MOUNTAIN VIEW, Calif.--There's still an awful lot about Google's Chrome OS project that remains up in the air, but Thursday's demonstration did reveal a bit about how Google thinks the Netbook should evolve.
At an event here Thursday, Google showed off the browser-based operating system for the first time since announcing it in July. Chrome OS won't be available for consumers to purchase for about a year, although developers can get started playing around with the source code as of today, thanks to the open-source release of the code.
Sundar Pichai, vice president of product management at Google, took about 50 members of the press through a basic tour of Chrome OS that didn't reveal a whole lot more about what was already known about Google's plans for the operating system. The basic look-and-feel of the software greatly resembles the Chrome browser, as expected, and it's designed to provide a fast lightweight computing experience for Netbook users.
But Google did provide some glimpses of what it thinks a Netbook should resemble. For one thing, it plans to develop a detailed specification of hardware components that Chrome OS Netbook makers must adhere to in order to use the operating system.
"We really want software to understand the underlying hardware," Pichai said. Whether he intended to or not, with that statement he revealed that for Google, reinventing the personal computing experience is about more than the software.
How so? Google seems to agree with a fair amount of Netbook users--not to mention Apple COO Tim Cook--that current Netbooks with cramped keyboards and small touch pads aren't going to cut it in the long run. Pichai did not provide specific details, but hinted that users could expect Chrome OS Netbooks to have slightly larger keyboards and screens than some of the current models for sale.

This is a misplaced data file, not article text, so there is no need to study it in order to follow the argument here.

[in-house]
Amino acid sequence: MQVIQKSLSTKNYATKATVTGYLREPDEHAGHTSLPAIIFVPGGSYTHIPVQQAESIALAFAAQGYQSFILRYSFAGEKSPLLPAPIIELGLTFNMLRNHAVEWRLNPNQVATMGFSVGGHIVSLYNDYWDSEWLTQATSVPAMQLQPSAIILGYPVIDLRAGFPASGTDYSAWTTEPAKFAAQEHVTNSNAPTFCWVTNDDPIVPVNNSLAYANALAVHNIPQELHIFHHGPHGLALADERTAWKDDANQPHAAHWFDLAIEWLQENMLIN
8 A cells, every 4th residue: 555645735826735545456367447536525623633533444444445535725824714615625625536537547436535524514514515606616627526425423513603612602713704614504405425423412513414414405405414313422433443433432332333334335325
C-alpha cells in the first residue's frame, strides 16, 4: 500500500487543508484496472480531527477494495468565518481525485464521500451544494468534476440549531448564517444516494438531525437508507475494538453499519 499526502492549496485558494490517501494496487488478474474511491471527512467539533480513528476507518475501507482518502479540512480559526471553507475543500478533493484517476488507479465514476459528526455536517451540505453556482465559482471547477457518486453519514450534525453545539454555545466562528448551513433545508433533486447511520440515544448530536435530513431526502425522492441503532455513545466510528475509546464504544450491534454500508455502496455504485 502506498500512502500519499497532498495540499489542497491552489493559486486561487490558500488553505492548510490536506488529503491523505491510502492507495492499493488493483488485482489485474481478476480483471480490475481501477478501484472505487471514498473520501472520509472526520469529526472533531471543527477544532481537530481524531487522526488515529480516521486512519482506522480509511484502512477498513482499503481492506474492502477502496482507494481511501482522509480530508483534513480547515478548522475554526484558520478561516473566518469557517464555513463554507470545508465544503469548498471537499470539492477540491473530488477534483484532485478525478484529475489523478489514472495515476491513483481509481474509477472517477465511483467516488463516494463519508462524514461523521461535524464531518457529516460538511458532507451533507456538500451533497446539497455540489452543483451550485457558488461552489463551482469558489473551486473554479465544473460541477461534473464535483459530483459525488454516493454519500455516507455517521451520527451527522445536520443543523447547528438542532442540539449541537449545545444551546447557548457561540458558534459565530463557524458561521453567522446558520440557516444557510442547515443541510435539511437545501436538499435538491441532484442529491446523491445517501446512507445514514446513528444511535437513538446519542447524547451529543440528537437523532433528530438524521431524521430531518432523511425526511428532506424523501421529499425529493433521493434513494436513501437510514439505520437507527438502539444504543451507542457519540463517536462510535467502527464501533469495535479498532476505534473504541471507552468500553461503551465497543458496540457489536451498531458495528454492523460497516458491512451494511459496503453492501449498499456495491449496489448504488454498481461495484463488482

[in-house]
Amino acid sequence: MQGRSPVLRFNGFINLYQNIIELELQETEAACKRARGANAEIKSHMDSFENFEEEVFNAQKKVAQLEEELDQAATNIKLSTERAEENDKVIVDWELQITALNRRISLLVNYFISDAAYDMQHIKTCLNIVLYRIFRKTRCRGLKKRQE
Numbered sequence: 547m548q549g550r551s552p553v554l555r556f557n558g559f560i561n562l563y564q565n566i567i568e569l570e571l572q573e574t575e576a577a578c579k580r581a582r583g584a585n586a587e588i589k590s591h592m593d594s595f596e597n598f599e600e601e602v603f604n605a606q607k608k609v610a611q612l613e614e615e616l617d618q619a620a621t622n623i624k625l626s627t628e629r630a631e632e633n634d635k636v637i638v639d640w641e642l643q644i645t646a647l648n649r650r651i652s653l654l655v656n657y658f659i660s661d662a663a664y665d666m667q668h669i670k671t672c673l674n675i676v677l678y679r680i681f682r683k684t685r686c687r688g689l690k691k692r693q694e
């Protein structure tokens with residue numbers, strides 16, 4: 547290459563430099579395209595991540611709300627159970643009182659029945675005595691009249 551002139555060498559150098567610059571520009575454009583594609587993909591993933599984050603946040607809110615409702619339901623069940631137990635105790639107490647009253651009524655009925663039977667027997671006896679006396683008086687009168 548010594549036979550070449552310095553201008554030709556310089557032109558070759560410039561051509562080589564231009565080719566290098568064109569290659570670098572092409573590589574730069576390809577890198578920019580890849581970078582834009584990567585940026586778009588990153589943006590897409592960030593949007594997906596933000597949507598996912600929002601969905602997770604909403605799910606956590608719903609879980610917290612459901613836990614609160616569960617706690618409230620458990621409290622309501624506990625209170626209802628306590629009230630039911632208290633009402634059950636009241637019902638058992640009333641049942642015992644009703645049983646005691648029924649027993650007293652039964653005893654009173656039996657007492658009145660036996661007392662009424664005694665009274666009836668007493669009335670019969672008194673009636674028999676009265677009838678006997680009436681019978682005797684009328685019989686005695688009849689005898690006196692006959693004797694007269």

Chrome OS will run on either x86 or ARM processors, giving hardware manufacturers some choices as to how they want to build their systems. But they will have to use solid-state drives based off of flash memory, presumably for performance and reliability reasons, although they won't have to use a lot of memory because Chrome OS is designed to start most data in the cloud with very little local storage.
These Netbooks will be designed with 802.11n Wi-Fi chips in mind, Pichai said. However, a device such as this--designed almost exclusively for online use--may not be as compelling if users are stuck bouncing from Wi-Fi hotspot to Wi-Fi hotspot.… Read more